University of Vermont Extension 
Department of Plant and Soil Science

Summer Article


By Dr. Leonard Perry, Extension Professor

One day three years ago I got tired of mowing in straight lines in the same big space, so I decided to create a pattern using my mower.  It was simple to create, has been simple to maintain, and saved me some mowing as I only need to keep the paths mowed and can let the rest of the grass grow.  Little did I know at the time, but I had created a labyrinth.  In recent years labyrinths, along with mazes, have become a popular garden feature.

 Don't get the two confused.  They are not the same.  Garden mazes are designs in which the participant is confronted with many choices or paths and must select the right ones to get to the center or goal.  As such, a maze is basically a puzzle, a problem-solving left brain activity.  Labyrinths, on the other hand, have a single path (unicursal) leading to the goal. They have been described as a right brain activity, enhancing intuition and creativity.

 Many people create labyrinths for symbolic reasons or as a quiet oasis or interesting feature in a garden.  Some equate them to the journey of life, or rebirth and reincarnation as they are walking along the paths.  To these individuals, the garden labyrinth may provide personal, psychological, or spiritual transformation.

 Mazes and labyrinths are not of recent origin but have been around for at least 3,500 years.  The oldest labyrinth patterns are often referred to as classical and were first seen on a clay tablet in Greece about 1200 BCE. There they were used as oracles and in matters of diplomacy   These patterns often use three, seven, 11, or 15 circular paths, one within the other in a pattern of concentric circles.  The one with seven paths is most common and has been related to the seven Chakras of the Hindu faith, the seven colors of the rainbow, and the seven notes in music.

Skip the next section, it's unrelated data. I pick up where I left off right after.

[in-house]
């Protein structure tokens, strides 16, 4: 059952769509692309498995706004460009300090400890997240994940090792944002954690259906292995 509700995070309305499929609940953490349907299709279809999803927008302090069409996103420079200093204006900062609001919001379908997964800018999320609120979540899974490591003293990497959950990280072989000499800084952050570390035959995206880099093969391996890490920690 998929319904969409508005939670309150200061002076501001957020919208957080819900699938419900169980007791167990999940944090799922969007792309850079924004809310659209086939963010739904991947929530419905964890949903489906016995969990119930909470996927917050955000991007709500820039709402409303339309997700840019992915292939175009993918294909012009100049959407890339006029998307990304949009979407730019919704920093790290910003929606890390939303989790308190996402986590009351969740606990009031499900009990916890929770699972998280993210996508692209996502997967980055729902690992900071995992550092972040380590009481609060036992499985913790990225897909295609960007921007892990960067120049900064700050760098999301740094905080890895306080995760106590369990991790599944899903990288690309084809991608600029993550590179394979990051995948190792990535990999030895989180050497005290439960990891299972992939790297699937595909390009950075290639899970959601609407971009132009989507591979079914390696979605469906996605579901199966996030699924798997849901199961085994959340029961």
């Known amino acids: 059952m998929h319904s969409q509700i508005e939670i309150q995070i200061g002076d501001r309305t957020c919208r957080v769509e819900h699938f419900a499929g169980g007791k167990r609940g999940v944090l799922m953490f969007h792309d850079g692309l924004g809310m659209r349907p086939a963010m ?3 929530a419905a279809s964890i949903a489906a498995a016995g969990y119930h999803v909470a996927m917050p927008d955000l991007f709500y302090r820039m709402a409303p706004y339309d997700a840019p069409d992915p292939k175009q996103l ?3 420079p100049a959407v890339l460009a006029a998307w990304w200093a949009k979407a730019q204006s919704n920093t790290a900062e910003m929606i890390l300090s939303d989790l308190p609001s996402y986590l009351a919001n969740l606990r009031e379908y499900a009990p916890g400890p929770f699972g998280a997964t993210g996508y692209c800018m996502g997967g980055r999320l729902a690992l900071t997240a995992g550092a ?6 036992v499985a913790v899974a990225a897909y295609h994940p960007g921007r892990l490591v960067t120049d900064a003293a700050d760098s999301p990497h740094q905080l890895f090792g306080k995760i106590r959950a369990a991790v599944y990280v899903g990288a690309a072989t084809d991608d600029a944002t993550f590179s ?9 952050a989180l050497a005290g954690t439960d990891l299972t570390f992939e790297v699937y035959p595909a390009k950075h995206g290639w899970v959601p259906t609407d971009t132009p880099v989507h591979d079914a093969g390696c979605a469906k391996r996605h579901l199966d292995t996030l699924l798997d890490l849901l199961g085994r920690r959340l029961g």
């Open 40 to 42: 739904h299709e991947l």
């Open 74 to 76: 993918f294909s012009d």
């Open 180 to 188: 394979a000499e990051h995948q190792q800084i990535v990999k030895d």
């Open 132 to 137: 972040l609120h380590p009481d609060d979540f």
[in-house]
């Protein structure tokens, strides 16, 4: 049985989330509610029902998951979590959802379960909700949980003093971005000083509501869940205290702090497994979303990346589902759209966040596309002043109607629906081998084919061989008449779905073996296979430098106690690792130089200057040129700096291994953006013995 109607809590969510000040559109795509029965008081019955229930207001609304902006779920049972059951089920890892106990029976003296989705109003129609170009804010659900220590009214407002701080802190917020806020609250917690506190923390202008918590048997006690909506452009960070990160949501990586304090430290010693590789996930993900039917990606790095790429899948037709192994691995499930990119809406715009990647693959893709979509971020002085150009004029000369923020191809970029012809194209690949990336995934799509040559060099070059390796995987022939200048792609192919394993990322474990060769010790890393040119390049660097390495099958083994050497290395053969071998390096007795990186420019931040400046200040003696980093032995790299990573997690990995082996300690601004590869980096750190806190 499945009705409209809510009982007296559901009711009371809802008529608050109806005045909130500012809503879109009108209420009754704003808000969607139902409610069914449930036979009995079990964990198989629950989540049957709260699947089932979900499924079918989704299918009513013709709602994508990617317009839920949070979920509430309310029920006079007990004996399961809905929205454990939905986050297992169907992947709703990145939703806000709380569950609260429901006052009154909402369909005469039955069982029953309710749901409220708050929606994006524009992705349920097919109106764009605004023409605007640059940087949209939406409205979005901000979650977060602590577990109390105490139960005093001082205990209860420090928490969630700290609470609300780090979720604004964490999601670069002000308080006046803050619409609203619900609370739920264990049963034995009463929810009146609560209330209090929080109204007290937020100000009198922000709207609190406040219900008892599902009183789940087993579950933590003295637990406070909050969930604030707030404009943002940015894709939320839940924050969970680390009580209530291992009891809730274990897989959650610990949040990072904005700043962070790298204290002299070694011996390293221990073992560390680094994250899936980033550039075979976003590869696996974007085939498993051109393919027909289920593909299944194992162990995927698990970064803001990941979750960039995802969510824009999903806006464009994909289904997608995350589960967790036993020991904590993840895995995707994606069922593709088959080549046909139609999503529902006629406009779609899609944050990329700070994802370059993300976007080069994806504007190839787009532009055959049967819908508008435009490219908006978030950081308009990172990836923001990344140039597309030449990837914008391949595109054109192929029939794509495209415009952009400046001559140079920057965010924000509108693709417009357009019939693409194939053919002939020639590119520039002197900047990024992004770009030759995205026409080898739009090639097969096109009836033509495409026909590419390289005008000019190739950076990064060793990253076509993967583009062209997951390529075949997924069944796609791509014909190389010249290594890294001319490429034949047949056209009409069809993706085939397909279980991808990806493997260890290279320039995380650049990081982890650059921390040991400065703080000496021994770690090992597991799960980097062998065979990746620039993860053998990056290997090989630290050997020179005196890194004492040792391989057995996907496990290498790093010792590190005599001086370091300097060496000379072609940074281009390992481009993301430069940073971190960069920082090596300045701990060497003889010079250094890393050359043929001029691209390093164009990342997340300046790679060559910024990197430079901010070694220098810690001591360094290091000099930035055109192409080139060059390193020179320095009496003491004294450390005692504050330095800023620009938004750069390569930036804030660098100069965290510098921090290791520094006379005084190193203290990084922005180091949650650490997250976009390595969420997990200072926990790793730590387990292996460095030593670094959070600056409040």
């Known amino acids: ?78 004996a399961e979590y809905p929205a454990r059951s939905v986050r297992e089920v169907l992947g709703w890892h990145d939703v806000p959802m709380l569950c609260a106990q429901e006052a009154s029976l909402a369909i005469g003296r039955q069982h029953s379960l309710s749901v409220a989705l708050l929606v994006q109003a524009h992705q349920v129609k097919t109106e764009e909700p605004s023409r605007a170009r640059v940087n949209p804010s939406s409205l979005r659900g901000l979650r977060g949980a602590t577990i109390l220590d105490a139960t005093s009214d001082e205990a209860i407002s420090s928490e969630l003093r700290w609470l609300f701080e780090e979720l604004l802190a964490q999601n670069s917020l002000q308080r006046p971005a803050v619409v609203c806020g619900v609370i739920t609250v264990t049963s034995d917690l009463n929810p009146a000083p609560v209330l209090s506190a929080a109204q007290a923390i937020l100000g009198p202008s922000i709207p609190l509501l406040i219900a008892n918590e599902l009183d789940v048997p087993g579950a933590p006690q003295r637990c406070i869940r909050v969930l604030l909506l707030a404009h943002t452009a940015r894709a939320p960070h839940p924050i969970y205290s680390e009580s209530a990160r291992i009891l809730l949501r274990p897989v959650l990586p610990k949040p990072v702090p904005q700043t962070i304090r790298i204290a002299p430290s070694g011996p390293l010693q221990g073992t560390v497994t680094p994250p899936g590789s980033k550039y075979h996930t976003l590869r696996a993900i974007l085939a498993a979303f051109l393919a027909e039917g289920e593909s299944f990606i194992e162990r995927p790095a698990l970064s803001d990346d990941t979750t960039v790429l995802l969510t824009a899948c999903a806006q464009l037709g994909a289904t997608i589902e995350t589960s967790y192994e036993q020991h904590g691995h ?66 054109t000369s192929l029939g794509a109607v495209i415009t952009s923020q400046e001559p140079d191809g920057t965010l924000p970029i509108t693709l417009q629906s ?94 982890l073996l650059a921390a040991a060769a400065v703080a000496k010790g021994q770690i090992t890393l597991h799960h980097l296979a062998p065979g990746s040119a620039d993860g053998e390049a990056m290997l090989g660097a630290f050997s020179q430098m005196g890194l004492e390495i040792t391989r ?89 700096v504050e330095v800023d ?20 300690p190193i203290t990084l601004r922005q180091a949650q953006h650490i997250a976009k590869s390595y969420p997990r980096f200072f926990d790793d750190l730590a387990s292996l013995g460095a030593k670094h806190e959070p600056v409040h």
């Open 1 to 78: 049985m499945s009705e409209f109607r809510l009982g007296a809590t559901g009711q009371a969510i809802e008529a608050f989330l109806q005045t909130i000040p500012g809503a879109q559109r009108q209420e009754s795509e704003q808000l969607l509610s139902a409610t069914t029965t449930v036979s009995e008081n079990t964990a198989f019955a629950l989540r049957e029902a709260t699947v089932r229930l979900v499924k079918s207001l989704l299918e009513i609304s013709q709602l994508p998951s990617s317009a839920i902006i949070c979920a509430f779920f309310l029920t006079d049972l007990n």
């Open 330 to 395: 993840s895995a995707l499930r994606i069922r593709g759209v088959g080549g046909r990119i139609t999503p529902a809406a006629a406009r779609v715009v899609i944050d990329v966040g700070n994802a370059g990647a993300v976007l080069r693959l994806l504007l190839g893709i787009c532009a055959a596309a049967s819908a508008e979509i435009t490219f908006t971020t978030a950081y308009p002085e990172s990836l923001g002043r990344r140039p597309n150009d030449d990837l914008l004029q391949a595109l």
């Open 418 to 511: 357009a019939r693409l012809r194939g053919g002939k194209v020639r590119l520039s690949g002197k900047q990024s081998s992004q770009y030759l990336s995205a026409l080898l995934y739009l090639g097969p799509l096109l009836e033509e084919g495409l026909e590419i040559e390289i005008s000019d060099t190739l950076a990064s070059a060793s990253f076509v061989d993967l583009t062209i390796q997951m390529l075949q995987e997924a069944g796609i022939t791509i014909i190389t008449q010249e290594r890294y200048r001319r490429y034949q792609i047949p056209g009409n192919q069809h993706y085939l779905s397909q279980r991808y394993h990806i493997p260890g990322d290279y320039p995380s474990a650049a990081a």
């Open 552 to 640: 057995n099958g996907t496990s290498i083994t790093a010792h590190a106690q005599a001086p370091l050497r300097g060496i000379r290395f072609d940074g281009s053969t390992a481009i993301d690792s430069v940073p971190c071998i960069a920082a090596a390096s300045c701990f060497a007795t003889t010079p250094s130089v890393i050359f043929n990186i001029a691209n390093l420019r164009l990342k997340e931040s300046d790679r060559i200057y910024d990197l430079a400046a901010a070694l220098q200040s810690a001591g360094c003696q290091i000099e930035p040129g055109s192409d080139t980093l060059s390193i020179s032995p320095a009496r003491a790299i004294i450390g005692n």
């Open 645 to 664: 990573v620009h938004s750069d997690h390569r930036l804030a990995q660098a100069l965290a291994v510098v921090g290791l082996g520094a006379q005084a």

Later labyrinths are often termed medieval and have four distinct quadrants and varying numbers of paths, including the popular seven circular paths.  The oldest examples can be found in European churches and cathedrals, the most famous being at Chartres in France.  When pilgrims were unable to travel to the Holy Land, they would travel the cathedral labyrinth instead, on their knees!  Turf labyrinths in England are often included in this group as well.

 In Scandinavia where many have been built, and some of the oldest still exist, they were used to trap bad winds or fair maidens and to ensure a good harvest from the sea.

 Then there are other labyrinth patterns of more recent origin.  Some may include a mound or hill, making them three-dimensional.  Others may meander in a rectangular space or an irregular one. More modern and elaborate designs include a nine-petaled flower, triangle, or flowery wand.  These may have multiple paths meant to "enhance spiritual perception," so may not officially fit the definition of a labyrinth.

 Modern-day mazes and labyrinths often have no religious or mystical purpose.  They may simply provide a great running area for children, as in the popular corn or maize mazes found in many states or back yard leaf mazes, such as I used to make for my daughter when she was younger.  I would rake the leaves into piles and let her run through the pathways created.

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